Yes, if we are talking about the quality of this term, specifically its quality of being a moral virtue.
No, if we are talking about a particular person’s psychology, including the degree of hurt and the person’s familiarity with what forgiveness is, and the circumstances of the injustice, including its severity, its duration, and the time since it occurred.
“Many people are hesitant, even afraid, to forgive because they fear that the other will take advantage of them. Forgiveness is for wimps, I have heard many times. Yet, is that true? Is the offer of goodness, true goodness, extended from a position of your own pain, ever done in weakness? How can one offer goodness through a position of pain and see it as weak? And see the giver of this goodness as weak? My point is this: We all may need to delve more deeply into what forgiveness is so that we can make the best decisions possible for ourselves, for our loved ones, and for the ones who hurt us.”
Excerpt from Chapter 3 of The Forgiving Life: A Pathway to Overcoming Resentment and Creating a Legacy of Love by Dr. Robert Enright.
Suppose that Angela has been friends with Barretta who has neglected the friendship now for over a year. Barretta’s flaw is of a passive nature, not being present in the friendship. The neglect has hurt Angela.
Angela sees that Barretta is not a good friend and decides to end the friendship despite her active attempts to reconcile. At the same time, she forgives her. Her forgiveness leaves open a kind of sisterly-love for Barretta that now makes it more difficult to leave the friendship.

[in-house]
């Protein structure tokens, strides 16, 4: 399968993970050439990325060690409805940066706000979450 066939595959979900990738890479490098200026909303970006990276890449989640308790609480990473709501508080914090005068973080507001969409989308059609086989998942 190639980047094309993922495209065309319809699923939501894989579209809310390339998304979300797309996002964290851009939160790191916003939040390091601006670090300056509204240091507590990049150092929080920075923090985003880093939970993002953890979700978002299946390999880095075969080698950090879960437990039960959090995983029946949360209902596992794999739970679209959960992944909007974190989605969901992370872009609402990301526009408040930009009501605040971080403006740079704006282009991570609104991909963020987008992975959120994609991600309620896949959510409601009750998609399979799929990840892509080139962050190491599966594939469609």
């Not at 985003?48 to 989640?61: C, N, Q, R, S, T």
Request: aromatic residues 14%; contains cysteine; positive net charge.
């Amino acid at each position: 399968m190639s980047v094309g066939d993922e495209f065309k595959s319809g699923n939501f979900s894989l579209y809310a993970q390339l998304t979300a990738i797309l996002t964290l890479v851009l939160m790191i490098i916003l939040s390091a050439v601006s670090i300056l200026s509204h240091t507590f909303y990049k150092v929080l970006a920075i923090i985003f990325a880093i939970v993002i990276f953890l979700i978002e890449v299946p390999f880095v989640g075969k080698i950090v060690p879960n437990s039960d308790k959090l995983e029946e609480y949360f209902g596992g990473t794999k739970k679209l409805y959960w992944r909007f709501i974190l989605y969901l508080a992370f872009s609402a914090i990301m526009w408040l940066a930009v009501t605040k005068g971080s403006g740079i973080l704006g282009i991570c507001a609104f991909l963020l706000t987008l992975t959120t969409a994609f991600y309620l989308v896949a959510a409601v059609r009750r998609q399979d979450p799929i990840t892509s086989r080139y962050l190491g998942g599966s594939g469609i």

In this case, is forgiveness a process that is standing in the way of the truth: that Barretta will not make even a reasonably minimal friend for her? Her feelings of sisterly-affection, which are kept alive by forgiving, are making her re-think her decision to leave a friendship that holds no future if Barretta’s behavior remains as it is.
In this case, is forgiveness a weakness in that Angela retains affection that continues to hurt her? The short answer is no, forgiveness itself is not weakness, but the failure to make distinctions in this case could be the weakness. Here are some important distinctions for Angela to make:
1. There is a difference between forgiving-love and sisterly-love toward Barretta. Agape is a love in service to others as we see and appreciate their inherent worth. Philia (brotherly- or sisterly-love) is the kind of love that is mutual between two or more people. In the case of Angela and Barretta, the love is no longer mutual. If Angela makes this distinction, then she will see that philia no longer is operating between them
2. There is a difference between feeling warm toward someone and the pair acting on it in friendship. While Angela might feel a warmth for Barretta, kept alive by forgiveness, she cannot let her feelings dictate her actions. She must stand in the truth and do so with a strong will. A strong will works in conjunction with the soft feelings of forgiveness.